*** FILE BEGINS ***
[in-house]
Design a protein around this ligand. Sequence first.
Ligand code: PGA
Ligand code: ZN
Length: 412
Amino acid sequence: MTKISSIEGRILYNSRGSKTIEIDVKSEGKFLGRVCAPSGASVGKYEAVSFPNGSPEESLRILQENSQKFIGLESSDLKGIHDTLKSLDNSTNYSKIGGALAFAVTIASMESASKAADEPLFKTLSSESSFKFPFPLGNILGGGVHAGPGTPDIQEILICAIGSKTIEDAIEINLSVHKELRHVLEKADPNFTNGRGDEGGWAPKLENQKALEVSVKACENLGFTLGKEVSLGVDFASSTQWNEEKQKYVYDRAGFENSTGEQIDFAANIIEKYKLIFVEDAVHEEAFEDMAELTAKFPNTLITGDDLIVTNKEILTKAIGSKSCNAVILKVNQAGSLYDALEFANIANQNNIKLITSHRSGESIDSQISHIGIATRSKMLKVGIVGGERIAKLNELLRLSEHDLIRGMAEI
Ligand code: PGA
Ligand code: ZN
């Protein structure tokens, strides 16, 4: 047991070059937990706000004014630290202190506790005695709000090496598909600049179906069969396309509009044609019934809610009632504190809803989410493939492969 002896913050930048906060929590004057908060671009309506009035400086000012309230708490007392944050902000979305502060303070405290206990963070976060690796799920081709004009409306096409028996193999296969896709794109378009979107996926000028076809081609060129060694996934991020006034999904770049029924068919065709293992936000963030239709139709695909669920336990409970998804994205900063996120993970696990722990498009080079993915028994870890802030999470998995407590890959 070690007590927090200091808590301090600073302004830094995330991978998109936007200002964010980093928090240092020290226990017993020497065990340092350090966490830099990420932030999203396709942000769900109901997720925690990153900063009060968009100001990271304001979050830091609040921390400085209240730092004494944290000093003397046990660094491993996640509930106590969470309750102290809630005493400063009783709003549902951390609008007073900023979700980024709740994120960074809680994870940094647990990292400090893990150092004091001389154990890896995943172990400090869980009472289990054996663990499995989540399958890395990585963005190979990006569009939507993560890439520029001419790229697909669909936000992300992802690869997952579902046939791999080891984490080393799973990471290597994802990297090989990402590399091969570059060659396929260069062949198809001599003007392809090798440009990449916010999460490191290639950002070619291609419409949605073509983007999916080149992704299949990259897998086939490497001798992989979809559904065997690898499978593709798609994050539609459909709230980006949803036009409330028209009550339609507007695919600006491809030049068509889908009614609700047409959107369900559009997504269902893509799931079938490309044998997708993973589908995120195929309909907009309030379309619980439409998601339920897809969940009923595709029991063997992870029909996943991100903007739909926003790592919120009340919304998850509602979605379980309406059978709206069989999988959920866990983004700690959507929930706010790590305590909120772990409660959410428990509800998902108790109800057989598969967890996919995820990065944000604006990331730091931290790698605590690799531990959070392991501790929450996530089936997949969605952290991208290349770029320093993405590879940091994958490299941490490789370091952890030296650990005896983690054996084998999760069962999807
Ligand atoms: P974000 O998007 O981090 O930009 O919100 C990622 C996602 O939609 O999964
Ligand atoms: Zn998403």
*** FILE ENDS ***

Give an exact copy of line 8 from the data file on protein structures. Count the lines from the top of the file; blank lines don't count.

Ligand code: ZN